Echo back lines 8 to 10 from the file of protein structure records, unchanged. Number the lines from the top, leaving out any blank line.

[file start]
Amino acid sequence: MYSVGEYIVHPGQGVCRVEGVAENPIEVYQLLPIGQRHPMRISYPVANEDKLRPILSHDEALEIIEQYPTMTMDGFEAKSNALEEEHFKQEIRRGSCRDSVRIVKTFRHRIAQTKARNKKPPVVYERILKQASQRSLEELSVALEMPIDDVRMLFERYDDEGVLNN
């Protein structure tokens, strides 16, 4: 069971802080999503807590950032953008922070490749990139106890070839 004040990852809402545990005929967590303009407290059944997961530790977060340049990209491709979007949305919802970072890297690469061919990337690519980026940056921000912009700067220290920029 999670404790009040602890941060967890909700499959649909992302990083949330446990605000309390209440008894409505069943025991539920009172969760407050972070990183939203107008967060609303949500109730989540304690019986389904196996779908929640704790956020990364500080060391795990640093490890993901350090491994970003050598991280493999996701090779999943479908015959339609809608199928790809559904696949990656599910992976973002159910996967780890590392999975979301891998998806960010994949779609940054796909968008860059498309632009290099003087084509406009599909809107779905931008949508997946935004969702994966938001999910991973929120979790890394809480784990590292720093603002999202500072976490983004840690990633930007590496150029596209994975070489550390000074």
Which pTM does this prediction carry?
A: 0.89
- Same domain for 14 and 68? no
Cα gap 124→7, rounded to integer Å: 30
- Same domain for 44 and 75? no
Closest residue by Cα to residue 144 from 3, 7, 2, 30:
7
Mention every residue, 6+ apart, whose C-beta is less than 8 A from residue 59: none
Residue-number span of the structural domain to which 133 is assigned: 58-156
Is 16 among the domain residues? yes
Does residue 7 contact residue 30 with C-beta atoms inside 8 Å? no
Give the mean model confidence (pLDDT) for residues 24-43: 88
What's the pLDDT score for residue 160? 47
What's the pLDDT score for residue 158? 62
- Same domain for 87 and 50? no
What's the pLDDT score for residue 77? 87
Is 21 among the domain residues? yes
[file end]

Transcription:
Closest residue by Cα to residue 144 from 3, 7, 2, 30:
7
Mention every residue, 6+ apart, whose C-beta is less than 8 A from residue 59: none